Last night after church we saw a fox. It came round the corner looking anxious but when it saw everyone standing around it ran back again and disappeared into someone’s garden. It was probably scared of the fireworks, poor thing.
It reminded me (in a roundabout way) about a story/anecdote I read once – about a deer being chased by dogs, just about on its last legs, running through the woods until it saw someone’s cottage, where it bolted in for its life. The man saw it running in and slammed the door after it to keep it safe inside. When the hunt turned up in hot pursuit and challenged him he said no way could they have it – it had fled to him for refuge in a time of utter helplessness and he wasn’t going to betray it by handing it over to be killed now. (Another version of this story is in the back of my mind though, unless it’s a different story – some creature like a rabbit that was small enough to be sheltered inside a man’s coat – I can’t decide which one I like better.)
The bigger point though which was being made on the basis of that anecdote is that it can be seen as illustrating the spiritual case of a soul fleeing for refuge from pursuers much more powerful and determined than itself. Not in everyone’s experience, but sometimes, a person can feel that they have relentless and merciless adversaries hard on their heels, what the old writers spoke of as the terrors of the law, and an accusing conscience. With no way of shaking them off they’re in just as desperate a condition as these exhausted creatures – if not more so, because what gives the law and the conscience their particular power is the conviction that the law is right and good and that there is no possible excuse for having broken it in all the ways and magnitudes that you have.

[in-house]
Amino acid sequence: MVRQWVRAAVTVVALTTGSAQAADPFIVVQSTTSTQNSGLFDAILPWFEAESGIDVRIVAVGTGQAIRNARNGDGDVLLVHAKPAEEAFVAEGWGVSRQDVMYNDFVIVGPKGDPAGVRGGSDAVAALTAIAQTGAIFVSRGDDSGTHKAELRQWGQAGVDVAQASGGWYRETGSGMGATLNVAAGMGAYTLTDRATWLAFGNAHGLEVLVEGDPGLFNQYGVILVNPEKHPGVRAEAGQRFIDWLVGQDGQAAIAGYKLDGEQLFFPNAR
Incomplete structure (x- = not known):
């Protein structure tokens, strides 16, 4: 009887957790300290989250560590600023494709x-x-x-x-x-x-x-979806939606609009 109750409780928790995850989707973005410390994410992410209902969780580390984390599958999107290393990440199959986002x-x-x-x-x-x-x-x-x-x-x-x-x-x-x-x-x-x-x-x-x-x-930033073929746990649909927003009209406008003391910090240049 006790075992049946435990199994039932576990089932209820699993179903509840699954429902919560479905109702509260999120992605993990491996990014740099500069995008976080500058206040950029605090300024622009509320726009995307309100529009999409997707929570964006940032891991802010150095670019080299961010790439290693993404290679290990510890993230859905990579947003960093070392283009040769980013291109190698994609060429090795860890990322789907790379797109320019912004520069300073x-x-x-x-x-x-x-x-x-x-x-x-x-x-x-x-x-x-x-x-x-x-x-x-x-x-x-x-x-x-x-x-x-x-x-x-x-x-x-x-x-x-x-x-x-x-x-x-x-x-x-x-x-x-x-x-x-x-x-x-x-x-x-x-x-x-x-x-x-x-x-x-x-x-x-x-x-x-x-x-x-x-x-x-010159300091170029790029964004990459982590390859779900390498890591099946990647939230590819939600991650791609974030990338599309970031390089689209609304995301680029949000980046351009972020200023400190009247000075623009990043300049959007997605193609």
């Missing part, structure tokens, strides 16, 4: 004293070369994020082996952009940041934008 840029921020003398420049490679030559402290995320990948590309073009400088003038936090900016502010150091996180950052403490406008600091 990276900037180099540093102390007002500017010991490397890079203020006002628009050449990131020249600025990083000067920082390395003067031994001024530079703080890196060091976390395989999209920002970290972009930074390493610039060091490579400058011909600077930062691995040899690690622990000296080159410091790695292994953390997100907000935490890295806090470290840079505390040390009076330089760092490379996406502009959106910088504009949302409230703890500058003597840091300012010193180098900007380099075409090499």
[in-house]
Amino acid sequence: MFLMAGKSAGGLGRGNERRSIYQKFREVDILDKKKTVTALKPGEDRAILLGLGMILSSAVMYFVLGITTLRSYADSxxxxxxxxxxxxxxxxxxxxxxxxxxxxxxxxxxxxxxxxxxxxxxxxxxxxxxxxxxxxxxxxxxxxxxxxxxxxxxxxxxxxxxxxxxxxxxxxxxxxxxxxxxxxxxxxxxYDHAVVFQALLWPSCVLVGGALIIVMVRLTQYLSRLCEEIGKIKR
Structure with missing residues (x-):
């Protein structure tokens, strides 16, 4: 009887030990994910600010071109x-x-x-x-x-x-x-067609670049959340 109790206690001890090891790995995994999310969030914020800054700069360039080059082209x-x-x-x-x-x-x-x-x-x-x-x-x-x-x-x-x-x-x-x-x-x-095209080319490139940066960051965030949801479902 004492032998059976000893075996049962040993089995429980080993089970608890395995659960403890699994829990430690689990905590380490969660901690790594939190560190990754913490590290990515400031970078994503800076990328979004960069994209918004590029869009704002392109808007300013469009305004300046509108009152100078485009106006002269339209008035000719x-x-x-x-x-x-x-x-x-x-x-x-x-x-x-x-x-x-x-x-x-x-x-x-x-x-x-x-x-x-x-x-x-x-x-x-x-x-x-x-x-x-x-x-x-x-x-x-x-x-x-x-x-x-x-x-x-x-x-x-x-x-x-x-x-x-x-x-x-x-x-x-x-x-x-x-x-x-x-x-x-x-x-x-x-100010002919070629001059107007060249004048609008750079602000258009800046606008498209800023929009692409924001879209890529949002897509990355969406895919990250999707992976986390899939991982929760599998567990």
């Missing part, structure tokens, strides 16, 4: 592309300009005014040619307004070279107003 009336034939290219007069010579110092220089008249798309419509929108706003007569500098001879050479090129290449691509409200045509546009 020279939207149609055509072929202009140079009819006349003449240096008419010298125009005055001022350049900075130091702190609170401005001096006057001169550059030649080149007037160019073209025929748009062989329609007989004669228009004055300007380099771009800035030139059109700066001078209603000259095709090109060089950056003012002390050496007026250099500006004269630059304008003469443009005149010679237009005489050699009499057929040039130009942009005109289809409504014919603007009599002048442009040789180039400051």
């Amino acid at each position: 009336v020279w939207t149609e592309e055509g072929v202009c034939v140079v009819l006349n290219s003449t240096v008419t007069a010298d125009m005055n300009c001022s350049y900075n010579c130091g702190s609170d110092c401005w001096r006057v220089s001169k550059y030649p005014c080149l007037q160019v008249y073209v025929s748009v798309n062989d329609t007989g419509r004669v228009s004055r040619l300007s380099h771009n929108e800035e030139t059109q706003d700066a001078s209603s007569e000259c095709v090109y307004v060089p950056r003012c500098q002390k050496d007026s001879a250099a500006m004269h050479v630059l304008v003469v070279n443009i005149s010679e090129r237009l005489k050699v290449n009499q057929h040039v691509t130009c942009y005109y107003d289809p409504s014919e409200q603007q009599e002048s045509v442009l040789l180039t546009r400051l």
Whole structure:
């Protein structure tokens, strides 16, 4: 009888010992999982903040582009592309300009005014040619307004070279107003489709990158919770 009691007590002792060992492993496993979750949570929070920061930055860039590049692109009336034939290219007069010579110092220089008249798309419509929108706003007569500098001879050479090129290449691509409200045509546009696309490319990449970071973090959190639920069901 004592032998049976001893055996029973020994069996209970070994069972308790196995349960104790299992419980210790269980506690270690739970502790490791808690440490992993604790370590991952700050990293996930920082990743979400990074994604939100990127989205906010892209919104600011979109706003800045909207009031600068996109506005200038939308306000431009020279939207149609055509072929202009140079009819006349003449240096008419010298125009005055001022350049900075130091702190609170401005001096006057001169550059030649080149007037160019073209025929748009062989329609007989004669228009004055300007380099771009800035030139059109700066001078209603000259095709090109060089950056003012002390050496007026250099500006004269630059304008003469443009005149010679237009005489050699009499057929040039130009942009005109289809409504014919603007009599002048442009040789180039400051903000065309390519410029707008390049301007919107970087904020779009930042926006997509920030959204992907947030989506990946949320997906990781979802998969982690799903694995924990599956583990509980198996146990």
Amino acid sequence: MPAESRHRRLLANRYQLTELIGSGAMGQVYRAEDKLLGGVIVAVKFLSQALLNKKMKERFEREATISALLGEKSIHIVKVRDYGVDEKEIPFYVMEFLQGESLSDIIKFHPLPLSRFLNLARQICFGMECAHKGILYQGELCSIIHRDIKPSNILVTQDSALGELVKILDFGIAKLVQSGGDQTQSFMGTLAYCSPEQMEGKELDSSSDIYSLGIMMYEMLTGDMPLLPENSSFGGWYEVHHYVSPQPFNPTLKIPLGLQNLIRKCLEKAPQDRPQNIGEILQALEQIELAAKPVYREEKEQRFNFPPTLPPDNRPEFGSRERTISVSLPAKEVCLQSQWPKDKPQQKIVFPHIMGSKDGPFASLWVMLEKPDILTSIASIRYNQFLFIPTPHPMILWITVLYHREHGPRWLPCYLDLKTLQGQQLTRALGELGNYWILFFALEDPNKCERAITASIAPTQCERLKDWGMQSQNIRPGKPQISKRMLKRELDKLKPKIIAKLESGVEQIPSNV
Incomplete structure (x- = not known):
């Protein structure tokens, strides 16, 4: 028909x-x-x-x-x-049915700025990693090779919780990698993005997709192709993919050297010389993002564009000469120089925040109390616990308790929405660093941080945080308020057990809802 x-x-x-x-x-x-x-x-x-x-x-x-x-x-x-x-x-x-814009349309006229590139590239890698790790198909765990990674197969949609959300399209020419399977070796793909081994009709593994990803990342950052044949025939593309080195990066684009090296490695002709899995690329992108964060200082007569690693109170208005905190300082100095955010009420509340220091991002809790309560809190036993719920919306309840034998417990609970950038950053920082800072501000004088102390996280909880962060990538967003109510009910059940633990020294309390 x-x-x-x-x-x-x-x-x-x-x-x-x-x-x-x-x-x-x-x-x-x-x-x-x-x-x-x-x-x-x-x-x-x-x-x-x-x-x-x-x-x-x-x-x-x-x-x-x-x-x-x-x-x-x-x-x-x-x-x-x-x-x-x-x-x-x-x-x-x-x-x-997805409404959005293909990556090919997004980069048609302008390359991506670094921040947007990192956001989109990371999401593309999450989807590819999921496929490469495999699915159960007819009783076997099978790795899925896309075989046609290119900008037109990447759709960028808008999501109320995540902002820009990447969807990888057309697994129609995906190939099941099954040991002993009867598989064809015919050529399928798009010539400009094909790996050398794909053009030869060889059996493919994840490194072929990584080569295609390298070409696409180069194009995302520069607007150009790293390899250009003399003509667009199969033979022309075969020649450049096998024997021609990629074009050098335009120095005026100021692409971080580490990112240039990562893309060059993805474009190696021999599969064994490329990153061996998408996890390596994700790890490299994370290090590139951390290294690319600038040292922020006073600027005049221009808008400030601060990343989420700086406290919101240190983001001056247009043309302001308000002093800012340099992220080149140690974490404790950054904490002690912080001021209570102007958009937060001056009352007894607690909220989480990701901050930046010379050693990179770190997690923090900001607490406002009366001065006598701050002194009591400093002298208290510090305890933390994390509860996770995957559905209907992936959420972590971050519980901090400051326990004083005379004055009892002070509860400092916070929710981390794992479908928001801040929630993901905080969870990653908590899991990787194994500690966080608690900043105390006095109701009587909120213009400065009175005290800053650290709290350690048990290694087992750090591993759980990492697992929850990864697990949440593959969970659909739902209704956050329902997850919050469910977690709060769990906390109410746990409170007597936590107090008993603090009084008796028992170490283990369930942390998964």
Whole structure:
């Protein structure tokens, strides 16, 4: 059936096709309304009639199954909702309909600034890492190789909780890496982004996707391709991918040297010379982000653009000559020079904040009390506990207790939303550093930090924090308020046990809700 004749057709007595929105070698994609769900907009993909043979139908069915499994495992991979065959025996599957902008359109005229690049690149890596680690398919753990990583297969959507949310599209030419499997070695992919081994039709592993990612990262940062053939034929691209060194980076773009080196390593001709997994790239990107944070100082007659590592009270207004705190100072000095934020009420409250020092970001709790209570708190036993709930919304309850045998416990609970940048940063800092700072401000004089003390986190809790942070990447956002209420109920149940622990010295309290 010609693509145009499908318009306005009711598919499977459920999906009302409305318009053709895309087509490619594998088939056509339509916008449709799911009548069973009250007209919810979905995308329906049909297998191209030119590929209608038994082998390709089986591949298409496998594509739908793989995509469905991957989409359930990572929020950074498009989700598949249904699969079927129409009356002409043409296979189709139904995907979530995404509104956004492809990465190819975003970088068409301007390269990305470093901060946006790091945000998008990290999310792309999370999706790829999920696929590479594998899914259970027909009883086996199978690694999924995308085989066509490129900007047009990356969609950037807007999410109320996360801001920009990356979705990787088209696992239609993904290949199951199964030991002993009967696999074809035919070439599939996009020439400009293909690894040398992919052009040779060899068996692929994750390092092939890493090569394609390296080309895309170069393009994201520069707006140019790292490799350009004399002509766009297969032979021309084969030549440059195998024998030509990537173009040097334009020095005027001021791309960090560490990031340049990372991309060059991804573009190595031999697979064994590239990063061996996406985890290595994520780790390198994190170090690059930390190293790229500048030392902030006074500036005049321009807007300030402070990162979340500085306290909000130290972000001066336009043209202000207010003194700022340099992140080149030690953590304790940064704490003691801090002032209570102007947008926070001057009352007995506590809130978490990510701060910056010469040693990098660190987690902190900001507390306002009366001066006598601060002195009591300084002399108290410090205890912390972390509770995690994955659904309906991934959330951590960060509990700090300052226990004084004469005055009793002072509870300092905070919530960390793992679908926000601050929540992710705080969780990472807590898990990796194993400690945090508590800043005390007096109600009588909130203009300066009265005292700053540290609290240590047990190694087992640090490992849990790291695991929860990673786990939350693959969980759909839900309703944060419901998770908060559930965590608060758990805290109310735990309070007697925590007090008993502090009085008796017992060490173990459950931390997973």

In that case, the discovery of a Saviour and salvation is just as unexpected and just as exactly suited to the needs of the moment as the cottage in the woods with an open door. A scheme has been worked out in divine infinite wisdom where someone can stand and call to harrassed and frightened sinners to come to him for refuge – he provides the safe place, he can stand up to the demands of the law and the outcries of conscience, and show infallibly that justice has no claim whatsoever any more on those who have fled to him, and that conscience can rightly be quietened when God himself is satisfied with the steps that have been taken to put away sin. ‘Deliver them from going down to the pit, for I have found a ransom.’ ‘Come, my people, enter thou into thy chambers, and shut thy doors about thee; hide thyself as it were for a little moment, until the indignation be overpast.’ For hundreds and hundreds of years this testimony has been made about the Saviour and it still stands true today: ‘Thou hast been a strength to the poor, a strength to the needy in his distress, a refuge from the storm, a shadow from the heat, when the blast of the terrible ones is as a storm against the wall.’
Of course it’s always a pity when such extreme measures need to be taken with anyone before they will accept that they need the very salvation which he provides – just as soon as we ever hear that there is such salvation available, free and sovereign, and from such a Saviour, glorious in his mercy and grace, we should and ideally would fall in with it there and then. But the salvation itself is available for anyone, even people who never considered themselves to be in any need of it at all and treat it as an irritating irrelevance (this was Erskine’s point), and it is objectively suited to the needs which we have (whether we’re overtly conscious of them or not). This salvation is complete, it is secure, and it is freely available to everyone who needs it.